More precisely, I finally got back around to checking up on the boys at Max Team and they’ve posted that video slideshow you’re watching above with one eye as you read this text with the other. How DO you do that, I have to ask? It would sure make my job easier if you could teach me! Anyway, As you can see in that slideshow, the game is coming along really nicely and according to a post on the dev blog, the game is pretty much done save for the long and arduous process of debugging the game so it plays as great as it looks with no pesky issues slipping into the finished code.
The dynamic duo of Massimo and Fernando plan to pump up things in a big way once the game is ready for release and I’m betting fans of Sega’s classic Monster World games (I know a few of them including myself) will be all over this in a heartbeat once that download is posted. I still can’t believe they’re doing this in RPG Maker 2003, but such are the wonders of doing all your artwork by hand and not using only the assets in the program, folks!
Yeah. You NEED this download NOW. Your gamer side will squeeze you hard and your music side will grin as its head bops up and down to these pleasing bloops and bleeps from the not terrible at all trio of virt (Jake Kaufman), Freaky DNA (Leonard J. Paul) and Norrin Radd (Michael Creamer). 35 tracks, available on Bandcamp as a digital download or CD. That very limited edition 23-track Vinyl LP (Holy K-Tel, Batman!) is all sold out online (booo!). But I’ll bet you a nickel if you poke around your nearest or farthest hipster record shoppe that still does mail order (or is within traveling distance), you MAY be able to score a platter for not a king’s ransom. Unless Prince buys that last copy… then it’s going to cost you more…
OK, where’s my CAKE? You can’t have a par-tay without cake and screw that Portal nonsense about the cake being a lie. I’ve got over 40 birthdays that say otherwise, grrrr! Anyway, yes, Brian Provinciano’s awesome mash-up of pure 2D bliss, Retro City Rampage, is a whole year old today and to celebrate, you get that video above and a BIG sale below. OK, not below… just click HERE, have that wallet (and a smile) ready and you’re all good to go. And if you already own the game, good! Get it for someone else or even yourself if you pre-ordered the PC version and happen to own a PS3 or Vita. Whee! Can you tell I just LOVE sales. And cake. WHERE’S MY CAAAAAAKE! Seriously, I have none here and really want a slice. And some ice cream. And a cuppa coffee. And a pony…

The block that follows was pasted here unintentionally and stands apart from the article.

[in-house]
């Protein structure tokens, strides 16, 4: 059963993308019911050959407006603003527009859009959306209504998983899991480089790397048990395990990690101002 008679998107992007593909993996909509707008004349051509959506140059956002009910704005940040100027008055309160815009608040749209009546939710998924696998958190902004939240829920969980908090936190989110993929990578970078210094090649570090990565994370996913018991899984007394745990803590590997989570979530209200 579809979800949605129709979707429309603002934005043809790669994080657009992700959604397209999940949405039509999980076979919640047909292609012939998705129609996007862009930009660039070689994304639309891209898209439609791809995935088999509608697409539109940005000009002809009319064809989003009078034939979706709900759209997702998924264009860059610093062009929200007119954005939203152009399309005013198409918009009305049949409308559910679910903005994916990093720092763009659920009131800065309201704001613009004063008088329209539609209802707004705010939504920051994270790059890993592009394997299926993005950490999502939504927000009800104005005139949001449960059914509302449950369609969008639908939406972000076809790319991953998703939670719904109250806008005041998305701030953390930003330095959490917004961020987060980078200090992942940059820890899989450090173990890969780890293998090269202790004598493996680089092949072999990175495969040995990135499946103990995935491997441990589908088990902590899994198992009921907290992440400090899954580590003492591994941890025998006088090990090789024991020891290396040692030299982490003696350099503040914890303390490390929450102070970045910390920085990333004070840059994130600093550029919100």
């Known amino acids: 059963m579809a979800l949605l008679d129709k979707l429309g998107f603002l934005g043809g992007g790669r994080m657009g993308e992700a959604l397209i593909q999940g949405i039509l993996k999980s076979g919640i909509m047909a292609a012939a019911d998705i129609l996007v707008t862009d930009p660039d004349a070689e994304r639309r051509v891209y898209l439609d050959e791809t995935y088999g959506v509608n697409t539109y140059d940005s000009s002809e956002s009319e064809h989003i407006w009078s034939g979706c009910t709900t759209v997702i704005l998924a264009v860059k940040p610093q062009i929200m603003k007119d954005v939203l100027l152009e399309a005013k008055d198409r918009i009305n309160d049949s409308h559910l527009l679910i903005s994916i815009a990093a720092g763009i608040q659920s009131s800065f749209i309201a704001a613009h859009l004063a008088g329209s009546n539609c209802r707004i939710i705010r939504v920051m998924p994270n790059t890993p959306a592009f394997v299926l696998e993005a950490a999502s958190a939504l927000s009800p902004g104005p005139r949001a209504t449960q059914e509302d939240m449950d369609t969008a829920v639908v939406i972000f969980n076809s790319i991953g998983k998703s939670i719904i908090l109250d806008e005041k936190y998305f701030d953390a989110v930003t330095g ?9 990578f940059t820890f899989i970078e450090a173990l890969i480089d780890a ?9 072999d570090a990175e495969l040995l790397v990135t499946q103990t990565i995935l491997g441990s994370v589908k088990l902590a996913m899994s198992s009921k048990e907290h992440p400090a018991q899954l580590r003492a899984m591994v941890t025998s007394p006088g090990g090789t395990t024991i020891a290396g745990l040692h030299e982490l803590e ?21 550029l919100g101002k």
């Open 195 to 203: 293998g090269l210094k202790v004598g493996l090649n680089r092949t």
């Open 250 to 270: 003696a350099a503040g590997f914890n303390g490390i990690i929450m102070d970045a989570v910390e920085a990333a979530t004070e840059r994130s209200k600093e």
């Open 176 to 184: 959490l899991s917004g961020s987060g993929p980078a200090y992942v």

As noted in my earlier post, Bethsoft is making sure you KNOW The Elder Scrolls series is a force to be reckoned with (or they at least want you to stay home a LOT more that you normally do). Their awesome $79.99 box set, The Elder Scrolls Anthology stormed into retail on the 10th (here in North America, $89.99 in Canada, European territories this Friday for €59.99 / £49.99 / $89.99 AUD) and YES, you need to buy this just for the hundreds of hours of adventuring plus the chance to make some of your own content if you so desire.
There’s a ton of stuff in that box to discover, so make this one your big gift to that favorite RPG fan (or for yourself if you want to become one).
I finally got around to playing this excellent Vita sequel to a Nintendo DS and 3DS game (999: Nine Hours, Nine Persons, Nine Doors) and I had to chuckle a bit because there are two ways to describe the game and as I’m busy with a ton of stuff, I’ll take the shorter route and potentially tick off some people who think this game is the greatest thing since sliced cheese bread. Don’t get me wrong, I liked it a lot, being a cranky old fan of point and click adventure games and all. But as I was finishing it up, I just so happened to be in the library last week and overhear two kids talking about the game and one of them offered up an unintentional ten word review that made me almost burst out laughing because Yahtzee with his awesome Zero Punctuation videos is supposed to be KING of the ten-word review. This kid nailed the game without even realizing he was doing a Yahtzee impression.
His take (and mine, if you have a short attention span and just want to know what the game is about or similar to) when his friend asked him about the game:
“It’s like SAW… but with anime characters and better writing.”
Yeah, that’s about right. Damn kids… I should have hired him on the spot, but I don’t think he was old enough. OK, so the game IS a bit more complex and cerebral than a SAW flick, but there are a few more than amusing parallels that if you describe the plots of the game and one of the movies, someone who knows one and not the other might get a little confused.
Frictional Games is teaming up with the VERY great and talented hands of the fine folks at The Chinese Room (who did a marvelous job with Dear Esther) to get horror and horror game fans some spine-shaking true scares in this upcoming “sequel”. If you’ve yet to play the original Amnesia: The Dark Descent, drop something and do so this weekend or so, as it’s quite a ride from start to finish…